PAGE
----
Thank you Stephen King for adding more hours of enjoyment to a life.
After reading so many positive reviews on Audible and Amazon I really wanted to love this book. (I listened and read the book.) The premise is exciting, different, and starts out so well I couldn't stop listening or put it down. But there is a certain point when the book just sidetracks to a storyline that doesn't feel integral to the time travel and Kennedy plot. It was deadly for me and I found myself wanting to skip chapters because it was just agonizing to get through. I stuck it out until the end - which was interesting - but all in all King could have shaved at least 300 pages off the middle of the book and had a real winner in my opinion! Wasson is good at times but overacts to the point of distraction at others. I also had a very tough time focusing on the characters as his voice sound exactly like the actor Luke Wilson. Can't say I would recommend this book to others - just too tough to slog through that center portion.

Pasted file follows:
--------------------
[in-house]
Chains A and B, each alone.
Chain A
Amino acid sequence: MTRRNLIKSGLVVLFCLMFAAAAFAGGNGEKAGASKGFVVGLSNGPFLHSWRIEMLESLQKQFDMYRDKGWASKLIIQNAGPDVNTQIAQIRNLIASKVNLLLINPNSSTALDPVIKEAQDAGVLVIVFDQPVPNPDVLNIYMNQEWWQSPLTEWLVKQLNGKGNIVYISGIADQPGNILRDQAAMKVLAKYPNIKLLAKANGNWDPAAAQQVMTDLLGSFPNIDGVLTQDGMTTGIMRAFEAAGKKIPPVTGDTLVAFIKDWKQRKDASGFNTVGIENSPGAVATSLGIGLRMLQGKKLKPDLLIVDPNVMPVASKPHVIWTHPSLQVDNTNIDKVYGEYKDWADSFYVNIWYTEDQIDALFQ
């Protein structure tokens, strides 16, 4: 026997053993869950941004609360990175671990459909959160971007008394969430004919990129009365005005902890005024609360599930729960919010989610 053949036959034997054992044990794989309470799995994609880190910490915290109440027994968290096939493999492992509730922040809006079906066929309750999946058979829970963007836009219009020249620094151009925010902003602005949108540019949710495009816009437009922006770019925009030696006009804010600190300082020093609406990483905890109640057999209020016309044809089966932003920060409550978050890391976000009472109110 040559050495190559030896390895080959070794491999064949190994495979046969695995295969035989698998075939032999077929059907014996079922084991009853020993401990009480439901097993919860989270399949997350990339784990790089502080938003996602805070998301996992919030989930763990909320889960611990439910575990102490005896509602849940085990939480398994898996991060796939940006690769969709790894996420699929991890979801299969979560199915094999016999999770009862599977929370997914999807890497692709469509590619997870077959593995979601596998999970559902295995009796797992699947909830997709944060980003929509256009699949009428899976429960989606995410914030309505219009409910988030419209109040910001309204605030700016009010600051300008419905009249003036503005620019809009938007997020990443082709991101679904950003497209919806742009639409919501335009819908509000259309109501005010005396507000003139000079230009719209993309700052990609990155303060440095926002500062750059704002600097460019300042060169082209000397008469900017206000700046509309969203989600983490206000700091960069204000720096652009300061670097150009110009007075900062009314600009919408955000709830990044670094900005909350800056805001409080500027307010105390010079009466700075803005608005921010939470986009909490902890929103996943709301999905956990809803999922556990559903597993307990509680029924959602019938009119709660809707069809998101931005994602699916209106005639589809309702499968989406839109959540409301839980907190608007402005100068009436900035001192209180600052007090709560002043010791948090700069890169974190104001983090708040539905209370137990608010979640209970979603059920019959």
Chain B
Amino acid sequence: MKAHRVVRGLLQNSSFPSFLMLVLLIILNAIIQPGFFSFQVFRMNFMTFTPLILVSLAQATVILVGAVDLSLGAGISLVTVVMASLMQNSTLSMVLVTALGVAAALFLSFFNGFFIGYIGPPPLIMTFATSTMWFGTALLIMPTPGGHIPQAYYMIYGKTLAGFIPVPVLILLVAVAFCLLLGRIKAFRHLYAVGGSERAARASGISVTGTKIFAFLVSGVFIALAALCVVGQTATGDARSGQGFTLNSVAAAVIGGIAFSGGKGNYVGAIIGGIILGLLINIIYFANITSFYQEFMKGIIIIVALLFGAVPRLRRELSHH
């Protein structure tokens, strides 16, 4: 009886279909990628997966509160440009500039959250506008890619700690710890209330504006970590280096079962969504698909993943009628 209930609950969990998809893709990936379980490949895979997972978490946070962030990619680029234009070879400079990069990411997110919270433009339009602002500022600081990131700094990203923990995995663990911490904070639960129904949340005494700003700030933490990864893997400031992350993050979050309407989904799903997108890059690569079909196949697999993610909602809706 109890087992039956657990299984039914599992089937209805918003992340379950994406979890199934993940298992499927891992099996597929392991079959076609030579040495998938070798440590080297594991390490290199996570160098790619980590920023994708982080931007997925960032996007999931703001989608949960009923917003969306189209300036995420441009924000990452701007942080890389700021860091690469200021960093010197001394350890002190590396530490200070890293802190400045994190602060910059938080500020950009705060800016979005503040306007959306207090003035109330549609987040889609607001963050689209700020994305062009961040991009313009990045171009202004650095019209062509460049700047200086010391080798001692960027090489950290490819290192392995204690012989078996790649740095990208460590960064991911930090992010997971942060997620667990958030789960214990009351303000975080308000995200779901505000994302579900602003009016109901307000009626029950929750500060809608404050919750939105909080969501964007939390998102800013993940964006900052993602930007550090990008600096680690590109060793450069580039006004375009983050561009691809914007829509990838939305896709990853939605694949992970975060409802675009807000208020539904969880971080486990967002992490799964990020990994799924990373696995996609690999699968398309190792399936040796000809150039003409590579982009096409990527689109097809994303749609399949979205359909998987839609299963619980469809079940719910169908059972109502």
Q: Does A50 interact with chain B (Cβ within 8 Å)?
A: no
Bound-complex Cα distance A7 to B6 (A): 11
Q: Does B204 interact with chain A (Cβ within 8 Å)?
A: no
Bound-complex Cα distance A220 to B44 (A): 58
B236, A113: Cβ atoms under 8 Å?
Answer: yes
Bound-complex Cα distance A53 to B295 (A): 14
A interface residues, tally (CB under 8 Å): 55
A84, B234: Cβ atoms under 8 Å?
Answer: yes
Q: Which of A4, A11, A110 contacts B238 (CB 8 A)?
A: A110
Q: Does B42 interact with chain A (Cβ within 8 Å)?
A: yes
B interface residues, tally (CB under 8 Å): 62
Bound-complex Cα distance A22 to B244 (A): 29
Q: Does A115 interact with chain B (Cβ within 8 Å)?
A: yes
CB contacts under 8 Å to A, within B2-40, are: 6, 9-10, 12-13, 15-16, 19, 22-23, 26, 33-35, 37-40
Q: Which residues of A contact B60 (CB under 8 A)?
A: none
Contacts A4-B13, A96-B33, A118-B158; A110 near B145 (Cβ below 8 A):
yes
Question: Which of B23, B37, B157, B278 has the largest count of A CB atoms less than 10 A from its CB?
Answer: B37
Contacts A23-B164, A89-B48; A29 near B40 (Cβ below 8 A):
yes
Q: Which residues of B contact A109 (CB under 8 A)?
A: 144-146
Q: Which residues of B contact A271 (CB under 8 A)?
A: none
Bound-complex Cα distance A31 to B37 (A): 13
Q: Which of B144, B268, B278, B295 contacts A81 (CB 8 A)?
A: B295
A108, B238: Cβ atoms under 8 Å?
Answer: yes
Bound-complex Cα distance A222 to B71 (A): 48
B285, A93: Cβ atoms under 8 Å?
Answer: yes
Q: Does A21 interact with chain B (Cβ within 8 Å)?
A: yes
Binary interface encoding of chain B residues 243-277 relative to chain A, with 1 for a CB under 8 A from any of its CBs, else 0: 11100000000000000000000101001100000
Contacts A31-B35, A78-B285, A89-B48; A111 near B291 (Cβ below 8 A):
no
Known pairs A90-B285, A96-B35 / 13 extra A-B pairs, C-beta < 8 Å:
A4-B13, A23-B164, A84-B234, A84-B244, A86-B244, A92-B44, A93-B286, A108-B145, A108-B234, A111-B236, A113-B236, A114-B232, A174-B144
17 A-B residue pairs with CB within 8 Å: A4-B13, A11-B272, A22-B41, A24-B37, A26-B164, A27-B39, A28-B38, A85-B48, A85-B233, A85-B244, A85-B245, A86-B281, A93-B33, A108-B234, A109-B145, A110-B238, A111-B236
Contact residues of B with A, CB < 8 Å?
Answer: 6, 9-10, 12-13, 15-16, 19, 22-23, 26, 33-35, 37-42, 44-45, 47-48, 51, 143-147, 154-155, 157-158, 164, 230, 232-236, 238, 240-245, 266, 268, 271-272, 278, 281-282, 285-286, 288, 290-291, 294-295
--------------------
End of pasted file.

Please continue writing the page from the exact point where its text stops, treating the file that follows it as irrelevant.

I enjoy reading many books genres. But I love listening to fantasy books.
This is definitely one of Stephen King's masterpieces. There are few authors who can make me believe the book actually happened, but King is one of them - when he is on his game. Listening to this book, I kept imagining how this could really happen. I am not crazy - I know it can't. But the characters are so real. The narrator is fantastic too. My husband loved this book as well.
Avid Audible Listener
Imagining the implications of time travel
George and Sadie dancing the Lindy.